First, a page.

- Specify the placard required on the transport vehicle
There are additional training requirements as part of the new, recently published rule by the EPA on the disposal of hazardous waste pharmaceuticals.
What Is the EPA Final Rule?
In 2019, the EPA introduced a new rule governing the disposal of hazardous waste pharmaceuticals for healthcare organizations. Commonly referred to as Subpart P, the rule is designed to more closely align with how healthcare organizations manage hazardous waste pharmaceuticals while safeguarding human health and preserving the environment. Here are a few important topics covered in Subpart P:
- Although all healthcare facilities must follow the rule, small and large quantity waste generators must notify the EPA that they are following the rule, while very small quantity generators (VSQGs) must let the EPA know if they are choosing to follow it as it is optional for this level of generator.
- Controlled substances that are hazardous waste are conditionally exempted from being managed as such.
- Facilities have less stringent options to dispose of containers with residual hazardous waste and p-listed wastes.
- Not part of the EPA Final Rule, but established around the same time, the EPA no longer considers FDA-approved, over-the-counter nicotine replacement therapies, such as patches, gums and lozenges, as hazardous waste when they are discarded. This amendment does not apply to prescription nicotine therapies or e-cigarette products.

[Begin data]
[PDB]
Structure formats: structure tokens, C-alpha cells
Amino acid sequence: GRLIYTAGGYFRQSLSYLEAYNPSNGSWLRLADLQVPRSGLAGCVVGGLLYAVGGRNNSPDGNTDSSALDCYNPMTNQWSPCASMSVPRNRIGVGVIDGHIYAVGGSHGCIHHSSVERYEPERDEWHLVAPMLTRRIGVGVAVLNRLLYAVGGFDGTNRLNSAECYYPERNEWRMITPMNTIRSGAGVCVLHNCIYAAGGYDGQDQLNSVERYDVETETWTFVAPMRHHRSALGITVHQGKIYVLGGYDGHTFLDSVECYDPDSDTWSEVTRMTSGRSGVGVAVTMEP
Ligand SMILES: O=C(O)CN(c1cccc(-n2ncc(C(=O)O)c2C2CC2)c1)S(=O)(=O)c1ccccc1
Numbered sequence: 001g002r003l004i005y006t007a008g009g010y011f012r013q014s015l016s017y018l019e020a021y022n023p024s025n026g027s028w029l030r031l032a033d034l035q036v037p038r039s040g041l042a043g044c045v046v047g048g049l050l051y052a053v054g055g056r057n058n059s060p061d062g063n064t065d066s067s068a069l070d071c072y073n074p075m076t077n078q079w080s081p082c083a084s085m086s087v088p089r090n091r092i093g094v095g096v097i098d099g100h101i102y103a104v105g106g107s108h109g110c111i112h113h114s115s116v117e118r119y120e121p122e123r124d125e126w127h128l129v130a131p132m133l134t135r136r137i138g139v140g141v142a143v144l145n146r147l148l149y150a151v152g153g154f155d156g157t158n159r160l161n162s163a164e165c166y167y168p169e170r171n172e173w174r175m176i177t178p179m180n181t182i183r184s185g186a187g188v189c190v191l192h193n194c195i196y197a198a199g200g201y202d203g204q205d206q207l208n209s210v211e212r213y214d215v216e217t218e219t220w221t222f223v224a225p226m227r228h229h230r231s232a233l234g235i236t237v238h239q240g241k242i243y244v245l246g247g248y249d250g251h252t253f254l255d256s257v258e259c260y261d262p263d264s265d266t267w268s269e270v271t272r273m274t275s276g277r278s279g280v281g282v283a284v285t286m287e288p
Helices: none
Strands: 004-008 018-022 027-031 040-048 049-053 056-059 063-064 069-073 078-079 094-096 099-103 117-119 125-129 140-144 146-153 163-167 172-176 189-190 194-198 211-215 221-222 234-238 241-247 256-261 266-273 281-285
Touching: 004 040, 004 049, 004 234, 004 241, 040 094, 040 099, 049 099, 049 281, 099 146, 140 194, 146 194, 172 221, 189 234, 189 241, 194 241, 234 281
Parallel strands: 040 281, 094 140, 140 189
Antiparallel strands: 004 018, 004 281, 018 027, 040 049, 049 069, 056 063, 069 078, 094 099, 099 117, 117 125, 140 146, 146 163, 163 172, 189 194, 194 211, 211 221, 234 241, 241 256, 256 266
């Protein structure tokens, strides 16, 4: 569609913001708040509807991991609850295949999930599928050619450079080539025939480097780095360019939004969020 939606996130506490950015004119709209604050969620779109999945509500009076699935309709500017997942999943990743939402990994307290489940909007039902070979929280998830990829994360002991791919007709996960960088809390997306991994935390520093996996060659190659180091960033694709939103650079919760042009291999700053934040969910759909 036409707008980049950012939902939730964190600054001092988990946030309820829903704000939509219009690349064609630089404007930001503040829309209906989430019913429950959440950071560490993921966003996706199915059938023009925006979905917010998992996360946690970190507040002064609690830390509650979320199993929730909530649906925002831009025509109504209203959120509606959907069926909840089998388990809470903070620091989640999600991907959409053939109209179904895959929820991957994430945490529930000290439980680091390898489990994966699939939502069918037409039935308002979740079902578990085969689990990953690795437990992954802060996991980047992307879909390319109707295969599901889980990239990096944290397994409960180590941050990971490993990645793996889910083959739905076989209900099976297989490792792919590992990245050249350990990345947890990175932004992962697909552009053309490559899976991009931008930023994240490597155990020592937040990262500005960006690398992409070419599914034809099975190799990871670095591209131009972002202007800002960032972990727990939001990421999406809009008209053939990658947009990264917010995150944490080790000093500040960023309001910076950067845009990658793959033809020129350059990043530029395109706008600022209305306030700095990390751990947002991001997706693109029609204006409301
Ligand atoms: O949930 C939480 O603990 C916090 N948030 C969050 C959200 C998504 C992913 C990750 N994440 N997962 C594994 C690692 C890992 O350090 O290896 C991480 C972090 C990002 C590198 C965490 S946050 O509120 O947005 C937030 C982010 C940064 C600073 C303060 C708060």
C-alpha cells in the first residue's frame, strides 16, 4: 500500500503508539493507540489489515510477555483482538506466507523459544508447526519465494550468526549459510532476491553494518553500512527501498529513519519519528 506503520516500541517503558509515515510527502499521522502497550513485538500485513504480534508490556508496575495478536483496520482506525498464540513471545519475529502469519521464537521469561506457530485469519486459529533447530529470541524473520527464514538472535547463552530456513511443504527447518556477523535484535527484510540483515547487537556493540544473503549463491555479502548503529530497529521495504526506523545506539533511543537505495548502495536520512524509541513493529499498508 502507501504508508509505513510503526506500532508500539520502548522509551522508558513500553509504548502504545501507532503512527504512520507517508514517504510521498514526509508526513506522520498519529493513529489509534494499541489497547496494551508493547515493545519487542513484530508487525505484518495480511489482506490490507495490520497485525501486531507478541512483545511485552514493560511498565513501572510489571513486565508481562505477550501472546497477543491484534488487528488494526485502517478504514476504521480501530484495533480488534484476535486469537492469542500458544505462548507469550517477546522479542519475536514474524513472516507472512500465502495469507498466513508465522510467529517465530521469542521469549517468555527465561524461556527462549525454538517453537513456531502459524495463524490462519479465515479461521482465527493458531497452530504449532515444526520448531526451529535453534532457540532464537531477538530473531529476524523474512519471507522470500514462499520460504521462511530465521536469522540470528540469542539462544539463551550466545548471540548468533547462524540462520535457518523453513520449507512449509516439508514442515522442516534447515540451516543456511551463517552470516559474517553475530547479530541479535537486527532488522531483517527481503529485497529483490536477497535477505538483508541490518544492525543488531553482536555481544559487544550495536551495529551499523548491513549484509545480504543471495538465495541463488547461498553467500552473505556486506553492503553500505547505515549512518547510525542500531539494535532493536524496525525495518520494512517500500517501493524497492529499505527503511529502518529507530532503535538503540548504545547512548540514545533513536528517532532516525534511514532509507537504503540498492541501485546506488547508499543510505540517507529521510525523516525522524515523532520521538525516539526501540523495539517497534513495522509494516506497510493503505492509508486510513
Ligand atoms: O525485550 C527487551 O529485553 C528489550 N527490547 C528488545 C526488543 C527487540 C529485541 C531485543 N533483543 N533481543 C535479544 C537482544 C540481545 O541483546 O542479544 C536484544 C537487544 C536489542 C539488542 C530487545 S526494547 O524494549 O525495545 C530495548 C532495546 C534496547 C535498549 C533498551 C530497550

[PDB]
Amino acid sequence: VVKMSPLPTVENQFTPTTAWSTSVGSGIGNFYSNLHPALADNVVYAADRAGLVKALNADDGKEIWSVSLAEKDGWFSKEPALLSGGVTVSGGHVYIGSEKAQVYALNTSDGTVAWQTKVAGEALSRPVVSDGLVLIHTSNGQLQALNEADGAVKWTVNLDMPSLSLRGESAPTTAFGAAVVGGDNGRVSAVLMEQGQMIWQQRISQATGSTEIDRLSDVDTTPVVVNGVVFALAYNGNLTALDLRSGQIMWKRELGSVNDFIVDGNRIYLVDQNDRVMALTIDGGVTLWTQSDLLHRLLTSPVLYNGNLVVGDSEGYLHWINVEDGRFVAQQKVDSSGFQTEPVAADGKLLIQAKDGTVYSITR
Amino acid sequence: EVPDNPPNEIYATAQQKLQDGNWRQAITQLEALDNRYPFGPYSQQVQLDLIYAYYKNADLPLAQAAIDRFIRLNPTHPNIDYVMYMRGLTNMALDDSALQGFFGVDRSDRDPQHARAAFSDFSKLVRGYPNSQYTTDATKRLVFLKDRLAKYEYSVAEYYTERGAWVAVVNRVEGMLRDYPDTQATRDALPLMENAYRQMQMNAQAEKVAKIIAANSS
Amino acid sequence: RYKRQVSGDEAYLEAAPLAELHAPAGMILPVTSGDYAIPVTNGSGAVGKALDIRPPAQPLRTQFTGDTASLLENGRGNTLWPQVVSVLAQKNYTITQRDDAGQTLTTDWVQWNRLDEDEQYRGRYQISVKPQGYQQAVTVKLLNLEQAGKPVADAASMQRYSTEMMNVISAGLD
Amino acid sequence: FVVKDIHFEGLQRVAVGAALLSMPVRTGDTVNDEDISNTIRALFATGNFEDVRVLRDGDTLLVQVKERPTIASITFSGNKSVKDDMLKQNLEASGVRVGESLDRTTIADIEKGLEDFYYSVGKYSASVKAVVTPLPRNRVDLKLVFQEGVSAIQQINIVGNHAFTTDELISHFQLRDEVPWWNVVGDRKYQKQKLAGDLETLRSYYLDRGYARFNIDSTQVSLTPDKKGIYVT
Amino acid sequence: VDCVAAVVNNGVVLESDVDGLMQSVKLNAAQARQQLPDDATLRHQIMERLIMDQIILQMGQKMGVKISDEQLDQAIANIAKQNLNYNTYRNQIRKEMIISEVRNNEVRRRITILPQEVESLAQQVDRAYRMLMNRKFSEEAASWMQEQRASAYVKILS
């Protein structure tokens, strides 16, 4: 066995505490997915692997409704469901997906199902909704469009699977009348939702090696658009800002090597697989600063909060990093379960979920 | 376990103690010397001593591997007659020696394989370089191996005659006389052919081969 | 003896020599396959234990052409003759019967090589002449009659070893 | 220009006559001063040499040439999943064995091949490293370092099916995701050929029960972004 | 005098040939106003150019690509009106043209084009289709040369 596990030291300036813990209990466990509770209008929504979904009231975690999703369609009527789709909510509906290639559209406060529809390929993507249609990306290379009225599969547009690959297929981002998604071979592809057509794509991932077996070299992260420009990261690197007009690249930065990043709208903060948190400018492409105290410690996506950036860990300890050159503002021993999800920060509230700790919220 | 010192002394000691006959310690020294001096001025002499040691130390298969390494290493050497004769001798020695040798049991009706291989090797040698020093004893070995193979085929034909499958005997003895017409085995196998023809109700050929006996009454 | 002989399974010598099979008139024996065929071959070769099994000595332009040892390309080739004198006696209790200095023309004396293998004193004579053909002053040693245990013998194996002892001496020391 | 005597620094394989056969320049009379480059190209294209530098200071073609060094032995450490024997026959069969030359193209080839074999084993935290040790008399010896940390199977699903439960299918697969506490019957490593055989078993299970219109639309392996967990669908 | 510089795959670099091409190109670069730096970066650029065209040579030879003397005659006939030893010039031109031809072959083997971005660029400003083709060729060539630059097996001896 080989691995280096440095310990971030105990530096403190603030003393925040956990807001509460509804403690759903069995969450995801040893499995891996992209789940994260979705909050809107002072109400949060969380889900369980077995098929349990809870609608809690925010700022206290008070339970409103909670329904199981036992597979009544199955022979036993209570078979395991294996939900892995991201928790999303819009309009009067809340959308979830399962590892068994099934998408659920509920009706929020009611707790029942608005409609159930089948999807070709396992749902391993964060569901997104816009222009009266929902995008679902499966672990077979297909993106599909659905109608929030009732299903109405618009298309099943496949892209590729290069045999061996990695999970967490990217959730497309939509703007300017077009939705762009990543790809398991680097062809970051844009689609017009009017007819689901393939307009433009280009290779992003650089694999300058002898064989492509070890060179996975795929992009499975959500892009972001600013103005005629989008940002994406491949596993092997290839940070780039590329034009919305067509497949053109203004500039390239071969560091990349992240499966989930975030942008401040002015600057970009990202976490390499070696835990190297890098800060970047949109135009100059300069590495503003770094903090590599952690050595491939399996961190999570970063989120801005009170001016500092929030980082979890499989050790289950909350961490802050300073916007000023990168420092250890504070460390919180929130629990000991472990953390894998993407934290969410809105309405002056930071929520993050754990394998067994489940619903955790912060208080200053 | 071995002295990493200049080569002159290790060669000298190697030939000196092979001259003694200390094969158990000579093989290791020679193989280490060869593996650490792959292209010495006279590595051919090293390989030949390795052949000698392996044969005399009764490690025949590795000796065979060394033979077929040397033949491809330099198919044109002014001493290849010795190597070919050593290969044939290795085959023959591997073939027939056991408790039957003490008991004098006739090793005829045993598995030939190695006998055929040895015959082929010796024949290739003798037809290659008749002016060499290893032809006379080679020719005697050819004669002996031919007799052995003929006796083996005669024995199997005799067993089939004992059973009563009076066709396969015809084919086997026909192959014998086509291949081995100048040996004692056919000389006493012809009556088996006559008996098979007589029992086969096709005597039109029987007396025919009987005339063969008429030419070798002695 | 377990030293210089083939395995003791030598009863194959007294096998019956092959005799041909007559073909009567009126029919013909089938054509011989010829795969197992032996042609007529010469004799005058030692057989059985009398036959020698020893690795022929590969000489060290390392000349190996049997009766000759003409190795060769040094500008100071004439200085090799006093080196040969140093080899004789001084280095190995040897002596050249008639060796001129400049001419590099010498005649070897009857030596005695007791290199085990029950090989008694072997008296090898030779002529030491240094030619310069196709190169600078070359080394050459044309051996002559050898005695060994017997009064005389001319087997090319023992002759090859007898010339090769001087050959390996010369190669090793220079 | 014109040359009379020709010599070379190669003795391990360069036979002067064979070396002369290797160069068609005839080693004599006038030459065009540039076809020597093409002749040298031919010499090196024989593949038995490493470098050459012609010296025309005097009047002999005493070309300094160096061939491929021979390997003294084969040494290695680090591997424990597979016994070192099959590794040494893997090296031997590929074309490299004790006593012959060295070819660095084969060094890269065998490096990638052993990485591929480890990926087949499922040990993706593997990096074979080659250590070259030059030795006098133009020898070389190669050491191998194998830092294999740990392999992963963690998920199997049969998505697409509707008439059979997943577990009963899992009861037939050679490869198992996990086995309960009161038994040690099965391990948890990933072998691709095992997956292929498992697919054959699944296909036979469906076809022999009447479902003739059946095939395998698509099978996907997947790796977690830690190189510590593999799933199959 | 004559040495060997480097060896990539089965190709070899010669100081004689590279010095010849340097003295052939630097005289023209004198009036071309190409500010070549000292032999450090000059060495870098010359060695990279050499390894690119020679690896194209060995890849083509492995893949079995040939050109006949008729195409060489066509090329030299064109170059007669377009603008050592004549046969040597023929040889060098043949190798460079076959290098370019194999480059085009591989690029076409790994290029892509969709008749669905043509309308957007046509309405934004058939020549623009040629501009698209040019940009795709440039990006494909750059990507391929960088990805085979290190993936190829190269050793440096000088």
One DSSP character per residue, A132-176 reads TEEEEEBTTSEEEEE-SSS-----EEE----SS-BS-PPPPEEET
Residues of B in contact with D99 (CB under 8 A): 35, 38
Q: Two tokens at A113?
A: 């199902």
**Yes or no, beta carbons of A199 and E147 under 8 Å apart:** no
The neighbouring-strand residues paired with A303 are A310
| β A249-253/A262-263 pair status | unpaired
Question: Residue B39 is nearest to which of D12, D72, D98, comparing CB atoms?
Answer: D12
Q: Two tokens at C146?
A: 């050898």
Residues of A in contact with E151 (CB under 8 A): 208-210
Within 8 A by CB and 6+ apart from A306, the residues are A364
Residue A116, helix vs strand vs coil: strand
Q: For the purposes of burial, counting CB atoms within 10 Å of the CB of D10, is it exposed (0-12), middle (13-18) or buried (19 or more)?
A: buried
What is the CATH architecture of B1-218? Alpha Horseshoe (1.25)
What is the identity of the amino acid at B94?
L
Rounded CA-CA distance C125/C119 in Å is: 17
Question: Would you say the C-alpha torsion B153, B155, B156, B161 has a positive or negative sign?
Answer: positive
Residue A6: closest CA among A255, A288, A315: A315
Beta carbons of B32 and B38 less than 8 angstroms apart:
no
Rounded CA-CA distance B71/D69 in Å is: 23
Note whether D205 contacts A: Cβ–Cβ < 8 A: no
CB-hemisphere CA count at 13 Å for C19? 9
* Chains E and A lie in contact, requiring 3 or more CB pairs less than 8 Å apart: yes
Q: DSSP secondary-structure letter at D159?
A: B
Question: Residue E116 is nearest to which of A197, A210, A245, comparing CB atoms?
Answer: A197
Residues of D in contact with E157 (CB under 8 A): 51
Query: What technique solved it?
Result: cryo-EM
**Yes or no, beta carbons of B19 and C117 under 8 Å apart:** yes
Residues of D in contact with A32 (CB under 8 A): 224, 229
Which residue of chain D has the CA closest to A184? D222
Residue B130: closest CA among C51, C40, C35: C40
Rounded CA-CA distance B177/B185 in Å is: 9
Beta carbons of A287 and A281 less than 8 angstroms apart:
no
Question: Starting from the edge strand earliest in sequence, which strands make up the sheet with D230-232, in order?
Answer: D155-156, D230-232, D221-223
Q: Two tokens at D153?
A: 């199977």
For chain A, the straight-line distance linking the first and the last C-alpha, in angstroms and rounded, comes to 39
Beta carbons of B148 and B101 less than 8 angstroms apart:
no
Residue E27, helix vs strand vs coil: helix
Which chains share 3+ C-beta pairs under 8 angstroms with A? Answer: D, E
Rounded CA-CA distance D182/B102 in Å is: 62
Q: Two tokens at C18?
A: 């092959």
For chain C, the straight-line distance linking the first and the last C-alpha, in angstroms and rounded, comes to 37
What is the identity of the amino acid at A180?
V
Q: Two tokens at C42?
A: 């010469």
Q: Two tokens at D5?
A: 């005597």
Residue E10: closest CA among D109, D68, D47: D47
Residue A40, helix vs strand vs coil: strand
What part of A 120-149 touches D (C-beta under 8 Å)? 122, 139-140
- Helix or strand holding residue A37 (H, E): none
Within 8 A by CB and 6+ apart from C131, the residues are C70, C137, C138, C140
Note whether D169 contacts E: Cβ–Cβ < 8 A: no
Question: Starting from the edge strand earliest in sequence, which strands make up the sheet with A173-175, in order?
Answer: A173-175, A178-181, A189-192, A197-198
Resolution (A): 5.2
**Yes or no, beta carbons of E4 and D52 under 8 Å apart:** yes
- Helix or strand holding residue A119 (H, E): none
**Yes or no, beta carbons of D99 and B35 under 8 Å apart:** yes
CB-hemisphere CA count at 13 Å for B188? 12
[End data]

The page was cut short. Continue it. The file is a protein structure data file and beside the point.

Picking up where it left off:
How Do You Dispose of Old and Unused Medications?
How you dispose of leftover medications depends on what type of generator you are. Hazardous waste pharmaceuticals generated from healthcare organizations, such as hospitals, doctor’s offices or pharmacies are regulated. Some medication can be categorized as regulated medical waste and others as non-hazardous.
Prior to the EPA Final Rule, healthcare organizations were able to “sewer”, or flush their hazardous waste pharmaceuticals as a means of disposal if they received approval to do so. Now, in order to better protect communities and the environment, the EPA has banned the sewering of hazardous waste pharmaceuticals.
While there are no regulations around consumer disposal, as stewards of the community, many organizations choose to participate in drug take back programs. Examples of these programs include providing customers with envelopes for secure disposal via mail or kiosks where people can drop off their medications. Solutions like these provide consumers with a safe, easy and anonymous way to dispose of leftover medication and keep it out of the environment and communities.
Looking for a Pharmaceutical Waste Management Program?
Stericycle can help improve the safety and reliability of your pharmaceutical waste management program. From compliance training to medication disposal, you can find a service to fit your unique needs. Learn more at https://www.stericycle.com/services/waste-services/pharmaceutical-waste.